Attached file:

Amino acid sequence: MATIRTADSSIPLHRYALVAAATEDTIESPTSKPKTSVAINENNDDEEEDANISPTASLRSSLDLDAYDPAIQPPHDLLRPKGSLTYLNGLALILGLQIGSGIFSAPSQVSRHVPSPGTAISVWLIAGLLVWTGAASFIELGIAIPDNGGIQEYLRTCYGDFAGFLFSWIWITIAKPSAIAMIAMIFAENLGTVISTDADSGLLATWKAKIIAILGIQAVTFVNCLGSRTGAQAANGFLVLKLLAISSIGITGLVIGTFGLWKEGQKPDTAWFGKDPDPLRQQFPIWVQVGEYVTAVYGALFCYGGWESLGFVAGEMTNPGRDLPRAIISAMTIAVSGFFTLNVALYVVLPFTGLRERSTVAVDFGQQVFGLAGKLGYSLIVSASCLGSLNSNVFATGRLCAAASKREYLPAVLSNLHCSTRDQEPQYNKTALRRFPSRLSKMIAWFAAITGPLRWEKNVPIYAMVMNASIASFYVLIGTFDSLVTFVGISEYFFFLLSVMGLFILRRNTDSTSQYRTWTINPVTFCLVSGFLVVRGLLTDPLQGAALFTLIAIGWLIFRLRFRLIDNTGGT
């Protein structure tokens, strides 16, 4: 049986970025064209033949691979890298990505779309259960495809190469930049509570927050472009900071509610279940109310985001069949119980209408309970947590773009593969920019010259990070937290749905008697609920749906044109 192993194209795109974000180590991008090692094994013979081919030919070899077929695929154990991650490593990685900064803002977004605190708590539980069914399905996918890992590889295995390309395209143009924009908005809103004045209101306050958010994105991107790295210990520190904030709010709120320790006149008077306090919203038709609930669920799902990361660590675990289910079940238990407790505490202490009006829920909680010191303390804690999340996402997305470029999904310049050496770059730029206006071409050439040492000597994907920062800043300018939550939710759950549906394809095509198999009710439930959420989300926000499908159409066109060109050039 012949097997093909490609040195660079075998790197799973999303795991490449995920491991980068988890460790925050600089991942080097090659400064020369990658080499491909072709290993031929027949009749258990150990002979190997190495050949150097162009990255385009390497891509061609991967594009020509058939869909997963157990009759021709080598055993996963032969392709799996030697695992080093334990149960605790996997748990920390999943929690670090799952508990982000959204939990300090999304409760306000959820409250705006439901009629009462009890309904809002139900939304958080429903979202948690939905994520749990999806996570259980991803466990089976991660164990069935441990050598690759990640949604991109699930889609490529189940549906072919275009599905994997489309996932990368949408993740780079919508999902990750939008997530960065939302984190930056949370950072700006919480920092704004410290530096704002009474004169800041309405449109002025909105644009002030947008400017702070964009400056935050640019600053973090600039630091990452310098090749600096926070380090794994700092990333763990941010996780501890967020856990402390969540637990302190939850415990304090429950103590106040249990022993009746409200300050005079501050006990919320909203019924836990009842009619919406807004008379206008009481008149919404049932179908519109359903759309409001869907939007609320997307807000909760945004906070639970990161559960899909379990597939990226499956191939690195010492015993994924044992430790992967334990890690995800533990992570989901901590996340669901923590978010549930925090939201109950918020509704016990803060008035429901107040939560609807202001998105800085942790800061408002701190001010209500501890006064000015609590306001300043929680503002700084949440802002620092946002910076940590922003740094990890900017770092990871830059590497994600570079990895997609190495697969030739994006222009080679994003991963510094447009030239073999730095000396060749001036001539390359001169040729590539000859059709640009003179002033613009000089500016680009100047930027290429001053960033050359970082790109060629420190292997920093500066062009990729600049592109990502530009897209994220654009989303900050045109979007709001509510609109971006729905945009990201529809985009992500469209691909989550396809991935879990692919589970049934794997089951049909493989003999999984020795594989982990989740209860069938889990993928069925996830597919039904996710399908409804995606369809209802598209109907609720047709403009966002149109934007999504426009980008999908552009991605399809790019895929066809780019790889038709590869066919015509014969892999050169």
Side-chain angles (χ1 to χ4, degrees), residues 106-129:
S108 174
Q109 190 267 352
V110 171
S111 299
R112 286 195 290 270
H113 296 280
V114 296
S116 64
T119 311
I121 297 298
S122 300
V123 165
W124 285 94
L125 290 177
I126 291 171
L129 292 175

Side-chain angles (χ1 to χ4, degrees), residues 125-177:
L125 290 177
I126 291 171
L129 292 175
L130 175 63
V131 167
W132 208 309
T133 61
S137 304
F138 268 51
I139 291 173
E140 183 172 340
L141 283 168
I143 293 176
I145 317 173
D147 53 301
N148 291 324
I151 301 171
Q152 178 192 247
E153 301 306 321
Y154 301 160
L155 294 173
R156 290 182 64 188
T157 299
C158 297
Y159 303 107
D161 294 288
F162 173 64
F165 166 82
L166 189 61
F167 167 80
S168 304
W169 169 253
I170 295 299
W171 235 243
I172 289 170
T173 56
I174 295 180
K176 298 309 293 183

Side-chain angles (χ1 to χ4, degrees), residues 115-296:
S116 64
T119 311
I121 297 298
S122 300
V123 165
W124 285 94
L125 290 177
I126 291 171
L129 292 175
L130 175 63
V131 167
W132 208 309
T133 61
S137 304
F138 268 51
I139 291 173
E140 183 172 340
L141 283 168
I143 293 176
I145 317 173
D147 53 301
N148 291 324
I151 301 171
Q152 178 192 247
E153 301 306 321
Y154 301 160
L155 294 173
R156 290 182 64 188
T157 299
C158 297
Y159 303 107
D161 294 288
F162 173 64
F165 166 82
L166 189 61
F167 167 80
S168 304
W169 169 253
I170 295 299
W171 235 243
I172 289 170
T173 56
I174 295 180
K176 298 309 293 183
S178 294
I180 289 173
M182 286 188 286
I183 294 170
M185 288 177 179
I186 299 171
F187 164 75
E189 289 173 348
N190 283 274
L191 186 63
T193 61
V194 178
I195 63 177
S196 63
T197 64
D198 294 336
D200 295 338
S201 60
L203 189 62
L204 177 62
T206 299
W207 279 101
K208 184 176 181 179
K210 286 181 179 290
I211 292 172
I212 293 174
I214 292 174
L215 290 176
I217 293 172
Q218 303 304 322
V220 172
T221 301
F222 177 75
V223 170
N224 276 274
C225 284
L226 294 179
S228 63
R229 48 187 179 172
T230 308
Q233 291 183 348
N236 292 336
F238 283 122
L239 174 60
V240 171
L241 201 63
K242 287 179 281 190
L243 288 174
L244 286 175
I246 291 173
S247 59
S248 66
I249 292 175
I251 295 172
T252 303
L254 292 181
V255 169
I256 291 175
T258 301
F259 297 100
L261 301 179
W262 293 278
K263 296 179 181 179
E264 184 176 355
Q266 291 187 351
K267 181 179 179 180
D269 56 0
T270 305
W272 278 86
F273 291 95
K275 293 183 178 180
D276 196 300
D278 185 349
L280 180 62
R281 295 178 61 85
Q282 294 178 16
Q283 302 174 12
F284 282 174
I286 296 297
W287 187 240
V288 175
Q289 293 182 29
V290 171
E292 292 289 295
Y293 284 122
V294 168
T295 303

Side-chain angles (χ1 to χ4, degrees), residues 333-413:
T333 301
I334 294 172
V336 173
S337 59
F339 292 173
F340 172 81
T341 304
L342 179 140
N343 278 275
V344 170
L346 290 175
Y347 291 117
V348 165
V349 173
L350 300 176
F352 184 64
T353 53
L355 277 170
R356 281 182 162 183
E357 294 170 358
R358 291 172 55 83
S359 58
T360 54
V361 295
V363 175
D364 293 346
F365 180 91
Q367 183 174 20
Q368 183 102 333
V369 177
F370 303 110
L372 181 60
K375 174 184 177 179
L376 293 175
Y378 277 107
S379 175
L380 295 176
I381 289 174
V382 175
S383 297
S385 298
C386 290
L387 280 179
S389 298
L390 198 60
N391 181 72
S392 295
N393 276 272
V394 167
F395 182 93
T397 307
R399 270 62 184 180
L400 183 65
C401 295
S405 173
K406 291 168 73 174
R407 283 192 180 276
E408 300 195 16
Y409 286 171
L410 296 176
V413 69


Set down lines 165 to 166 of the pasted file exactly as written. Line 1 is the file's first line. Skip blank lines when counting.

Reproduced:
W262 293 278
K263 296 179 181 179